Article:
In this dream, I’m still hugging his body
in the front yard, hiding him
from the neighbor’s dog
who sees him as a movement
to be stopped. I can feel his instinct
urge against captivity, his skeleton
bubbling to the surface – bone and claw
and fear bottled in my arms. I wonder
if I am different than the dog to him.
I wonder at what moment his instinct
to run from the dog becomes an instinct
to run from me, and I wonder, too,
how many monsters suffocate
the things they love, and how many
call it kindness. I know, I know
it’s not quite so simple, but
it shouldn’t be so obvious, either –
the notion that a man may keep a thing
from its own instincts on the basis
of good intentions and the power
to impose them. And I know, I know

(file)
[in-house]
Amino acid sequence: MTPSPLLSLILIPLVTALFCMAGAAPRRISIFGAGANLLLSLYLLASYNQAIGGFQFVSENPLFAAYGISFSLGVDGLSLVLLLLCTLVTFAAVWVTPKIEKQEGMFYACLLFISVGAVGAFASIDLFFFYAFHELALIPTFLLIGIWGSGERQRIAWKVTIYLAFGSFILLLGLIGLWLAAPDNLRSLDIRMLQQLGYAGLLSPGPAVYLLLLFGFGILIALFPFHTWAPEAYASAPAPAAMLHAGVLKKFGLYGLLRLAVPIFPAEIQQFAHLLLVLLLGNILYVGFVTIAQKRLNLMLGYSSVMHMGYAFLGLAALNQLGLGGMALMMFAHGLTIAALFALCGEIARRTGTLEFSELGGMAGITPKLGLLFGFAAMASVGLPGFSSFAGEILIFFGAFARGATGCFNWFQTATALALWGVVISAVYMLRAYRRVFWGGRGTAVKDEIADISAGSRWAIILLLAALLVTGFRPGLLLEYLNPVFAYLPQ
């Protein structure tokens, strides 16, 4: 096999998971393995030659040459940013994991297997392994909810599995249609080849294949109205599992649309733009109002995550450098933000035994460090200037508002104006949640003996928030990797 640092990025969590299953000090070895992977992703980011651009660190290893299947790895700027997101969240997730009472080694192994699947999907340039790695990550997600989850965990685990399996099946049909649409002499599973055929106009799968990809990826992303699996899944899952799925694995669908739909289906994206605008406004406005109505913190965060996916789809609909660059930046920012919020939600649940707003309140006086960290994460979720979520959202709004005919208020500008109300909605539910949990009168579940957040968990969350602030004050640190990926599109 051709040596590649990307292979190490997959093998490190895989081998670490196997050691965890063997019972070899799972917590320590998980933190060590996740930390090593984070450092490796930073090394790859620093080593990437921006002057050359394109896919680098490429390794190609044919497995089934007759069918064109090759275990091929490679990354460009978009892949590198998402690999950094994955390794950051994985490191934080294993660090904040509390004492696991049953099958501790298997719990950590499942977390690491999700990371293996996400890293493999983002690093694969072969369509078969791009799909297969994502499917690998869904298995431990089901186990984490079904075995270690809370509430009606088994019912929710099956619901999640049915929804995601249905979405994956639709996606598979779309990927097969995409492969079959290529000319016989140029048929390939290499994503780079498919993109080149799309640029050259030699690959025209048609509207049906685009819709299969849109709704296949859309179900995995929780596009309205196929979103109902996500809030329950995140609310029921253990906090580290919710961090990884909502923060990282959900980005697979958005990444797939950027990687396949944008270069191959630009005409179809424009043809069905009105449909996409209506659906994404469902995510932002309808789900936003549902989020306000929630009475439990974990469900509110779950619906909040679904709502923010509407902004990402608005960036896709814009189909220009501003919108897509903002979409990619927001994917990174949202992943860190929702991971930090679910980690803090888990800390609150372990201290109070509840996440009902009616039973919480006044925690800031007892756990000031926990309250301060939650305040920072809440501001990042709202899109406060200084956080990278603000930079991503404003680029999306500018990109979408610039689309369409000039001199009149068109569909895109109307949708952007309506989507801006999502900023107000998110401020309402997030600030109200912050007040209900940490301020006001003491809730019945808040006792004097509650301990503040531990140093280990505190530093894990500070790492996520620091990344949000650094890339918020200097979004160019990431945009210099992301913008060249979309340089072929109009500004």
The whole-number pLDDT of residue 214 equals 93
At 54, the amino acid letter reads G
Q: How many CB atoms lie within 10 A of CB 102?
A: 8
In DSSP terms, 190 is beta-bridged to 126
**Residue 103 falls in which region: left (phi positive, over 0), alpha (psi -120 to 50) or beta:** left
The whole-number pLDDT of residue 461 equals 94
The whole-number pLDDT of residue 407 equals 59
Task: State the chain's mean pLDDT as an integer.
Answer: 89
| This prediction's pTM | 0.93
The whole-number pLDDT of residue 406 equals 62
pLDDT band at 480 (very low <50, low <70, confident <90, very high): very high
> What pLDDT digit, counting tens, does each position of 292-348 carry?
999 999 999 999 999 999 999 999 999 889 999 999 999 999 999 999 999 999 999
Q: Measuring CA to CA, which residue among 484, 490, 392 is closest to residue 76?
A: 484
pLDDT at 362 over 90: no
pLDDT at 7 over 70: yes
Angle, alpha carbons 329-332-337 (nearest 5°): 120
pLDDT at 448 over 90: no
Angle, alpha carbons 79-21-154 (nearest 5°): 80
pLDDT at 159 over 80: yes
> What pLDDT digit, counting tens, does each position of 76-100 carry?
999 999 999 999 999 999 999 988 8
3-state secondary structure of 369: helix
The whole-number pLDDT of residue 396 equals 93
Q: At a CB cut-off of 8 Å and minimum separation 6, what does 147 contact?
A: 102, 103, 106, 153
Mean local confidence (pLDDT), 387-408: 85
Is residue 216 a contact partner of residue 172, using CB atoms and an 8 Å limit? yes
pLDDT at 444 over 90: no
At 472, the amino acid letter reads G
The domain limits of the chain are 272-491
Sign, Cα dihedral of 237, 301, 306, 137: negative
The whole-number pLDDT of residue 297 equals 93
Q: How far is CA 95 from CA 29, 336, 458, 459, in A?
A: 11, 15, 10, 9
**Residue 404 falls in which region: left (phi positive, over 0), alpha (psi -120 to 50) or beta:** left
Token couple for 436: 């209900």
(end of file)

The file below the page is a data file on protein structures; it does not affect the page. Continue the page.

the dog just wants to see what’s inside,
and gnashing with a fistful of teeth
is the only way she knows to find out.
Still, I wonder if she comprehends
permanence, that, when she’s done,
she’ll never get to unwrap him,
like a gift, again.
Reese Conner received his M.F.A. from Arizona State University, where he has continued to teach composition and poetry workshops. His work appears or is forthcoming in The Missouri Review, Rattle, Ninth Letter, New Ohio Review, and elsewhere. Reese is an Assistant Poetry Editor for Fifth Wednesday Journal. He received the Turner Prize from the Academy of American Poets, the Mabelle A. Lyon Poetry Award, and a Chili Pepper from Rate My Professor. His poetry has been nominated for a Pushcart Prize.